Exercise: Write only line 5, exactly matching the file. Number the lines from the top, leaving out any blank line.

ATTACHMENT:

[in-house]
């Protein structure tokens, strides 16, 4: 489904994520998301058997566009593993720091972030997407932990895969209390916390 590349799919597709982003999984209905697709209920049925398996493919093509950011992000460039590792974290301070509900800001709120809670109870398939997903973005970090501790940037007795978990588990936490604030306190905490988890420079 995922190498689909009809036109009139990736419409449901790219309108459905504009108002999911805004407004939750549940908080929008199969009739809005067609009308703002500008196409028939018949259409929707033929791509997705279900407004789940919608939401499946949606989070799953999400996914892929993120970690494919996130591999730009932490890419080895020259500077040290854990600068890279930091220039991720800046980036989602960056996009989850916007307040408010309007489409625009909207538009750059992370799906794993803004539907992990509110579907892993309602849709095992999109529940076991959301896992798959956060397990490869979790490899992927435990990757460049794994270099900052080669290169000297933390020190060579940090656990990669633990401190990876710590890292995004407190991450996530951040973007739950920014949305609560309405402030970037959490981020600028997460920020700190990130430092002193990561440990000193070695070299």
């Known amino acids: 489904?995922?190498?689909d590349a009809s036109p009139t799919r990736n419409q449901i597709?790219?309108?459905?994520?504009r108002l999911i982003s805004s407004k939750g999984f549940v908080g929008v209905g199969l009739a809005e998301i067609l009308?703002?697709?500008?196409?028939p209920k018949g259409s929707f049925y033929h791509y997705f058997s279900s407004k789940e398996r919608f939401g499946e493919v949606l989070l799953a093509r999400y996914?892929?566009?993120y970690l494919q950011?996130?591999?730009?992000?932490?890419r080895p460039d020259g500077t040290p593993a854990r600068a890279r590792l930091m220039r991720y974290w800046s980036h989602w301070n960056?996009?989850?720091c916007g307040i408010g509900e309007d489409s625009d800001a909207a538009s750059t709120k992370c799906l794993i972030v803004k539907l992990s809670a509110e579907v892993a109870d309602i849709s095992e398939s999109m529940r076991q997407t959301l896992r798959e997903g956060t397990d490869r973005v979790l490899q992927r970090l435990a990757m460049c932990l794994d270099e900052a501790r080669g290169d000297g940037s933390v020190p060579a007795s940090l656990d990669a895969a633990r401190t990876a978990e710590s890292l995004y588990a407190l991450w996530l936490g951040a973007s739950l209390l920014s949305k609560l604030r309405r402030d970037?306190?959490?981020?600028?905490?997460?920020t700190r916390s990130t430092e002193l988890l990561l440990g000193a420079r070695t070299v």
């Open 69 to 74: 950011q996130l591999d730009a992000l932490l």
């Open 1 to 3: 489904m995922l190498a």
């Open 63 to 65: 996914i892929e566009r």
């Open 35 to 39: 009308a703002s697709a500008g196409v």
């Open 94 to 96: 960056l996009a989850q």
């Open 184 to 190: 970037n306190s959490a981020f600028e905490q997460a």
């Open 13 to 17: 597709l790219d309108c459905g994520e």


């Open 1 to 3: 489904m995922l190498a």